Tag Archives: wisdom

Pseudopods


I love amoebas. They hang around in mucky water and do all sorts of tidying up activities. They can also hang out in your gut, and that’s extremely unpleasant, but left to their own 743px-Amoeba_(PSF).svgdevices, they are interesting little creatures, moving around their environment, one pseudopod at a time. They grow and reproduce.

They have a contractile vacuole, something I’m sure I have in the back of my head, where it squirts out unpleasant things to maintain mood equilibrium. They use them to manage salt.

They are filled with ectoplasm. Goo. So are we. Messy stuff, ectoplasm.

From Wikipedia:

The amoeba is remarkable for its very large genome. The species Amoeba proteus has 290 billion base pairs in its genome, while the related Polychaos dubium (formerly known as Amoeba dubia) has 670 billion base pairs. The human genome is small by contrast, with its count of 2.9 billion base pairs.[9] Unicellular budding yeast has an estimated 12 million pairs.[8]

For unicellular organisms, they are so wonderfully complex. Why?

I suppose the better question is “why not?” They’ve been around for so long. They probably picked up a bit here, a bit there, embroidered on their genomic life.

But it’s one of those things that makes me go, “ooh!”. And wonder. Is more necessarily better? Or are they like Swiss Army animals, able to pull up a genomic shift as needed for survival at a moments’ notice?

They also can curl themselves up and hide, waiting for the right environment to grow. Can’t we all?

So why am I thinking about amoebas? Well, I feel like one these days. I seem to be growing and going off in several directions, I have no assigned body shape (dieting and exercise are changing my exterior), I wield my contractile vacuole mightily to keep my brain and heart free of entanglements, and yet my inner life is increasingly complex. I’m reaching out to new experiences and pulling them in to me, savouring them.

And though other bits of my life are dying off, I jettison them cheerfully and heal around the wound. I find that as I get older, perhaps wiser, I’m getting better at determining what goes into the ejector vacuole.

I’m adapting to my environment, I guess.

Sometimes, though, I jettison something prematurely…and am oh so grateful when I can send out a wee pseudopod to make contact, and find the contact welcomed.

picture courtesy of Wikipedia:http://en.wikipedia.org/wiki/File:Amoeba_(PSF).svg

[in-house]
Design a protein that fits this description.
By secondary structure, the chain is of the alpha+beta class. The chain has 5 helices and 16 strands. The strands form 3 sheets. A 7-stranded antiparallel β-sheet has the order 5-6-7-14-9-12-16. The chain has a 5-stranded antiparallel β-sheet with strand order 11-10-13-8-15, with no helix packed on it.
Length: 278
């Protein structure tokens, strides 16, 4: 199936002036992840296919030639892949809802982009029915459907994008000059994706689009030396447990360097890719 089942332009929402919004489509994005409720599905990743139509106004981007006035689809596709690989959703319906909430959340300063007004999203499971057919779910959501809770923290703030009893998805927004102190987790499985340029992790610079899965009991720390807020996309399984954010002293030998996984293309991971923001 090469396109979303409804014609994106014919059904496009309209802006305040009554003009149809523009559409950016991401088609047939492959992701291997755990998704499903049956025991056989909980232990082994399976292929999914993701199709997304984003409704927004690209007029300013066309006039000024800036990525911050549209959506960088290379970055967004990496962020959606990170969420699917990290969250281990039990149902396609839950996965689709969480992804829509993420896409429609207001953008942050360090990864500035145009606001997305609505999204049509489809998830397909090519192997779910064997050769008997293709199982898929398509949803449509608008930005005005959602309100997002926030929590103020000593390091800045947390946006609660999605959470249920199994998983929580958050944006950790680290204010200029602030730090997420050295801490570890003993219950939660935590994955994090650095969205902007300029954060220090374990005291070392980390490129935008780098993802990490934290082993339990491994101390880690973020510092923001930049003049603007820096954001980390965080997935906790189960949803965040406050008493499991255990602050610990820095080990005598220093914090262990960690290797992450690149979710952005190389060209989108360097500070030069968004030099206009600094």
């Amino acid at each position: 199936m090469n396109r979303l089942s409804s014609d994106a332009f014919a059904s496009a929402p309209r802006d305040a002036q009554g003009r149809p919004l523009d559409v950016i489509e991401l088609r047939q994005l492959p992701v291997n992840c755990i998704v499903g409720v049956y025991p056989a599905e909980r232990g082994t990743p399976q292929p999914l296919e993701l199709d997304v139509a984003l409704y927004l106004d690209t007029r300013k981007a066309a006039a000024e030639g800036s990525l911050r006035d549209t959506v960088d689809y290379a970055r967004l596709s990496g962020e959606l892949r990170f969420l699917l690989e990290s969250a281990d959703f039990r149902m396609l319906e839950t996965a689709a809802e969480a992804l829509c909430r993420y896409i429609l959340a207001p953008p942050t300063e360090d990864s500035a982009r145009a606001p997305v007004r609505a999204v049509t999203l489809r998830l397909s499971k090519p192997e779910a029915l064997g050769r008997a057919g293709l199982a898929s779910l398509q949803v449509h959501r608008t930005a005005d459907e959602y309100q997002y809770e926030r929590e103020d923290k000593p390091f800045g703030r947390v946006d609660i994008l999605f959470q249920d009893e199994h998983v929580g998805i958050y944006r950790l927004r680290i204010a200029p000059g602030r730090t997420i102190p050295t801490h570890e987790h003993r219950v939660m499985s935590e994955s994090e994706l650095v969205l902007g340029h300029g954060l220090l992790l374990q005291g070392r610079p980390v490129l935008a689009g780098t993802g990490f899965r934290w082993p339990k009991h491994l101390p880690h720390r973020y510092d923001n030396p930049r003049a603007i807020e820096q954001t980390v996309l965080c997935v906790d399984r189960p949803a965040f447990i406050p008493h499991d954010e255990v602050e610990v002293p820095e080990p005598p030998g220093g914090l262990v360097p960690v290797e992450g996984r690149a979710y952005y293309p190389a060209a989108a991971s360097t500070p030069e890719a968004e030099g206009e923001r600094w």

Helping or pushing, the fine line


Sometimes it’s terrible being an ex-nurse. It’s so tempting to come up with solutions for people, drawing on my tremendous reserve of advice and knowledge to make their lives so much better than they are right now.
Because of course, I would know. (Note sarcastic tone). After all, no one could deny my life is totally organized and successful, what with my multimillion in book sales and such…

Kidding, kidding.

The older I get, the more I realize I don’t know. And as I get older I am — gradually — learning to keep my mouth shut rather than advise, at least most of the time.

It helps that I teach a “self-help” group where we are expressly forbidden from offering advice, encouraging the much more knowledgeable class to share their ideas. It’s a good reminder that the group knows more than I do.

And heaven knows I hate being told what to do. Sometimes people may have great ideas for me, for my writing, for things I could do or should do to make things better. Sometimes I listen. Often I pretend to listen, then go off and process the suggestion. Ignore it. Adapt it. Maybe even use it.

But sometimes, people force their suggestions down my throat. Sometimes I get too enthusiastic with my offerings. It’s an easy slip from helpfulness to bullying. Mostly done in the spirit of trying to help, but there’s that fine line there…

As I grow older and presumably wiser, I truly hope I will learn to take suggestions with equanimity, and give them rarely.

And gradually, I’ll get quieter and quieter, and maybe one day be thought wise. Like that owl from the brownie poem:

“The less he spoke, the more he heard.
Oh why can’t we be like that wise old bird?”

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Sulking towards enlightenment


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It seems oddly appropriate that I am spending countless hours reading and listening to the words of old white men in the month where the Roman Catholic Church elected a new Pope. I have my doubts that enlightenment arises through the overwhelming administration of the Church, but there’s always hope.
And it’s interesting, from a female perspective, to read about Socrates and his gang, men all, who debate the issues of the world while, no doubt, the women around them cook and clean and raise their children and fix their sandals and sweep the ground they tread upon and generally speaking, run the world.
I’m not saying there isn’t good stuff in their discussions, that they don’t have fascinating perspectives on morality and such – but at the same time, these educated men treated their women as slaves, drones, property. It is hard for me to appreciate the one without hearing the undercurrent of the other.
It reminds me of the Confederate South in the US, going on about how to live properly while standing, elegantly booted, upon the necks of their slaves.

So on I read, trying to absorb the discussion, while hearing behind it the murmurings of my ancient sisters and wondering how on earth one can discuss morality as a concept while living such an amoral life.
Oh yeah, I get it now – you merely redefine it to suit your needs.
Sadly, we don’t seem to have evolved past that, even these many years later.